The github repo for the Electric Imp nRf24L01 driver is at https://github.com/stanleyseow/electricimp-nRF24L01. You can comment out all the debug output when everything the radio is running ok.

block diagram

My next task is to find a useful application for my wireless solution, since I had a RGB LED strip and always like to make an Internet enabled RGB lighting, I hook up everything like the block diagram above. The web portion is a jquery colour picker from farbtastic with some touchscreen add-ons for touchscreen smartphone/tablets. Do viewsource to see the javacript codes at http://stanleyseow.asuscomm.com/color/.

colour picker

The Arduino portion is a simple code to read the three RGB codes from the colour picker webpage via nRF24L01 in #RRGGBB in hex and convert them to decimal ( 0 - 255 ) for analogWrite to the PWM pins. I'm driving the 12V RGB LED strip using a ULN2803 IC similar to this page on ambient lighting.

Arduino + nRF24L01 + RGB
The electric Imp part of the hardware is an April development board with the Impee SD card with SPI pins connected to the nRF24L01 radio. Since both the Imp and nRF24L01 runs on 3.3V, I do not need power regulator for this.

Impee + nRF24L01
Those red mini hooks are connected to my logic analyzer when I was troubleshooting the SPI issues I faced earlier. 

In summary, this seems like a complex setup but in actual fact after removing all the nRF24L01 library/drivers, the lines of codes is only the below :-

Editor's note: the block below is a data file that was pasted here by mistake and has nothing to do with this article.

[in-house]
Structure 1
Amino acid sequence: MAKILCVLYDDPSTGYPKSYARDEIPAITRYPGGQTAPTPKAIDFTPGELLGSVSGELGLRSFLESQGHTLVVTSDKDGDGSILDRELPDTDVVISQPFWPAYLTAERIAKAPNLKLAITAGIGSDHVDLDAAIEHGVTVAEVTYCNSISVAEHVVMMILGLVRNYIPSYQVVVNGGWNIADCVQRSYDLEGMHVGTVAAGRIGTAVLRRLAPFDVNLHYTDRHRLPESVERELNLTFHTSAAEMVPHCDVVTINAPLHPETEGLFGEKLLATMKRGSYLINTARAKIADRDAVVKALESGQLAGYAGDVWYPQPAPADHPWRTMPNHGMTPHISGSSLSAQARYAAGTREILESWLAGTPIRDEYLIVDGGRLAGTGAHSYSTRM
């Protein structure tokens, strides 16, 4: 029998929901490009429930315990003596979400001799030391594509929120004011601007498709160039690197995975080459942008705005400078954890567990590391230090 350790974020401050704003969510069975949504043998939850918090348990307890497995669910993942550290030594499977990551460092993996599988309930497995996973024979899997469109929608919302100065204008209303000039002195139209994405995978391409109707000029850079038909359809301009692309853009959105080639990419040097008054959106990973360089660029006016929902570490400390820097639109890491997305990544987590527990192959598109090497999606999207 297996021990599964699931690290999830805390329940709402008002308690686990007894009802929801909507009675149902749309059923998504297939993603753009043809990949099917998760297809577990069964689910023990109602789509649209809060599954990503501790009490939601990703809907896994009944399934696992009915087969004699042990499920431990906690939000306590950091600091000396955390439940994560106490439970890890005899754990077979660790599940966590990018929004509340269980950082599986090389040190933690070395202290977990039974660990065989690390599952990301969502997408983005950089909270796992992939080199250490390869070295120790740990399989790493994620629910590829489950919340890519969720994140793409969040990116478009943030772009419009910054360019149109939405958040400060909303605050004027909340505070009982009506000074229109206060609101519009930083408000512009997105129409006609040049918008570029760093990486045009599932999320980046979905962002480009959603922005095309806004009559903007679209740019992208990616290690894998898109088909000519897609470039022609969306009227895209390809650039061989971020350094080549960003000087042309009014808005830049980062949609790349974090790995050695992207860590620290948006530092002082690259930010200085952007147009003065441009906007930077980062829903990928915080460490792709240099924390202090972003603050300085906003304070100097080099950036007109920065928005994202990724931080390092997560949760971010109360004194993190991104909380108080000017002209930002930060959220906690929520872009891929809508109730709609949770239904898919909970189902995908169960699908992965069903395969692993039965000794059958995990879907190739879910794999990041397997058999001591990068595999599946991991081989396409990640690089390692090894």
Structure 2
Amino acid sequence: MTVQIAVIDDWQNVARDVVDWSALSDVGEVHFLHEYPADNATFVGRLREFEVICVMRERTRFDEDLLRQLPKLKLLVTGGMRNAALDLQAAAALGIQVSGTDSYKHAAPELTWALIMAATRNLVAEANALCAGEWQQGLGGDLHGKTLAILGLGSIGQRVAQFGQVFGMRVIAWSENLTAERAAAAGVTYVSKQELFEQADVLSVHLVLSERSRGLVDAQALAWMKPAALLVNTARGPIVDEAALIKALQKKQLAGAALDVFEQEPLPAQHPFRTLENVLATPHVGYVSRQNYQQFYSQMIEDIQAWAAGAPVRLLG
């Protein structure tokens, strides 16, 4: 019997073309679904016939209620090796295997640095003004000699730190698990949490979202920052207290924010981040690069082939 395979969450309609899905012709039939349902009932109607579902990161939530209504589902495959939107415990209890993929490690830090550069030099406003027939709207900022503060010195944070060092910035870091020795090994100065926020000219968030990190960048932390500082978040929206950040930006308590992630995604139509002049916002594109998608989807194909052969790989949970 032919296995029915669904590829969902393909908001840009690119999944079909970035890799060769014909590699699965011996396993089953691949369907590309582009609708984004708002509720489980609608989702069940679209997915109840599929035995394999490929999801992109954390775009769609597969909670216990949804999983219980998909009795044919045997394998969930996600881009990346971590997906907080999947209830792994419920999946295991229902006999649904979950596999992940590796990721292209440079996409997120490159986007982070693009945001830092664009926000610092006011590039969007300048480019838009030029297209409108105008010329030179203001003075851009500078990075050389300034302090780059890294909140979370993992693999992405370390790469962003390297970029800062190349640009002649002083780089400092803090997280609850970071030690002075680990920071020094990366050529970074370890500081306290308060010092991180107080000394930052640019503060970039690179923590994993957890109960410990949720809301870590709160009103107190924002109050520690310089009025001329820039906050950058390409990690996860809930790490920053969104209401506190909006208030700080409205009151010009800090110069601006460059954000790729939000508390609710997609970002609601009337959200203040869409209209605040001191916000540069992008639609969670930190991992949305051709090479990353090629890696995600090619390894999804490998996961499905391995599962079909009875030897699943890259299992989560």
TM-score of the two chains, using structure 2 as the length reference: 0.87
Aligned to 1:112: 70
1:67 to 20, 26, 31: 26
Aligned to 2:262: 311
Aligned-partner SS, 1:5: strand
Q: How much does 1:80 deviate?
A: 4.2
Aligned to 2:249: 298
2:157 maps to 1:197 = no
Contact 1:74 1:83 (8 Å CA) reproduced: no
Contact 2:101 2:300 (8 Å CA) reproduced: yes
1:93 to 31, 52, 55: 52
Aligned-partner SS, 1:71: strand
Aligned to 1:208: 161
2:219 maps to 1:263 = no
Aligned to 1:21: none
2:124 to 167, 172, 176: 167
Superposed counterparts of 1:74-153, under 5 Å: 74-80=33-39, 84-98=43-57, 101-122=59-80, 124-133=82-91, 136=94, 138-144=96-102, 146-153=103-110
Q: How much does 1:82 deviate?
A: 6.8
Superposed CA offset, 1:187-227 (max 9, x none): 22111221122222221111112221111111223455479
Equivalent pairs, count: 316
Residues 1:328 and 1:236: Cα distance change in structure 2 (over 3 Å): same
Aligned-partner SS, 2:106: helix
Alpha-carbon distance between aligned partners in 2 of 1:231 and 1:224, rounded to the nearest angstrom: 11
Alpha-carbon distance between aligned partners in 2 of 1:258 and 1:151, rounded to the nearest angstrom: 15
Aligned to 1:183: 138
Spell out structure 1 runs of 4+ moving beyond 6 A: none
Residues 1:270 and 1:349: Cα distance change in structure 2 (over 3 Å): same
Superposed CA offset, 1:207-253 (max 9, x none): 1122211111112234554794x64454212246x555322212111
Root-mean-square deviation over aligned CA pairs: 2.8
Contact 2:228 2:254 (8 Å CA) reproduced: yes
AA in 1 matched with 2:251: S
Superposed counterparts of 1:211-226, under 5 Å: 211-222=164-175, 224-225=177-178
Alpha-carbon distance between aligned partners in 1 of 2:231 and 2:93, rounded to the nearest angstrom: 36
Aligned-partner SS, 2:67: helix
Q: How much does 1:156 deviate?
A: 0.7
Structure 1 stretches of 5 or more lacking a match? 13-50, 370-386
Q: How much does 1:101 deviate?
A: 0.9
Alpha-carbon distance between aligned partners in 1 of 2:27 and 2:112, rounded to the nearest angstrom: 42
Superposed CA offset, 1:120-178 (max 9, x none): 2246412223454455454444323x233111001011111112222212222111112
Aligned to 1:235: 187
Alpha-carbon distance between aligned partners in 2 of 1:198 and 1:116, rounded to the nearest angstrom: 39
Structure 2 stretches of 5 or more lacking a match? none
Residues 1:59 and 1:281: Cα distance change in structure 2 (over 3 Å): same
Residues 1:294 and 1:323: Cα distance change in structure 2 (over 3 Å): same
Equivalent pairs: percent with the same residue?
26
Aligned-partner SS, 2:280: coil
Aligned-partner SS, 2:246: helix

Imp Server Side :-
  1. ===============================================================================================
  2. Electric Imp agent side ( cloud / server side ) :-
  3. ===============================================================================================
  4.  
  5. http.onrequest(function(req, resp){
  6.     server.log("Got a HTTP request");
  7.     if (req.method == "POST"){
  8.         local body = http.urldecode(req.body)
  9.         server.log(body.data);
  10.         device.send("agentBuffers",body.data);
  11.         //device.on(recvfromImp,impBuffer);
  12.     }
  13.     resp.send(200"<head><meta http-equiv=\"refresh\" content=\"1;url=http://stanleyseow.asuscomm.com/color/\"><html>OK</html></head>");
  14. });


Imp device to send to nRF24L01 ( radio.send() ) :-
  1. ===============================================================================================
  2. Electric Imp device ( the white wifi SDcard in yr home ) :-
  3. ===============================================================================================
  4.   function watchdog2() {
  5.         agent.on("agentBuffers",function(value) {
  6.         server.log("Got a buffer from agent/http");
  7.            if ( value.len() < 33 ) {            // Make sure nRF24L01 payload is only 32bytes or less
  8.            radio.send(value,value.len());          // Send the payload to the radio
  9.            }
  10.         } );
  11.         radio.powerRX();
  12.         imp.wakeup(1, watchdog2 );    
  13.     }

Arduino portion after getting the #rrggbb from nRF24L01 :-

  1.         HEXtoRGB(); 
  2.         analogWrite(RED_PIN,r);
  3.         analogWrite(GREEN_PIN,g);
  4.         analogWrite(BLUE_PIN,b);


Summary Links :-
- Arduino RGB code http://pastebin.com/ZvtE1p9T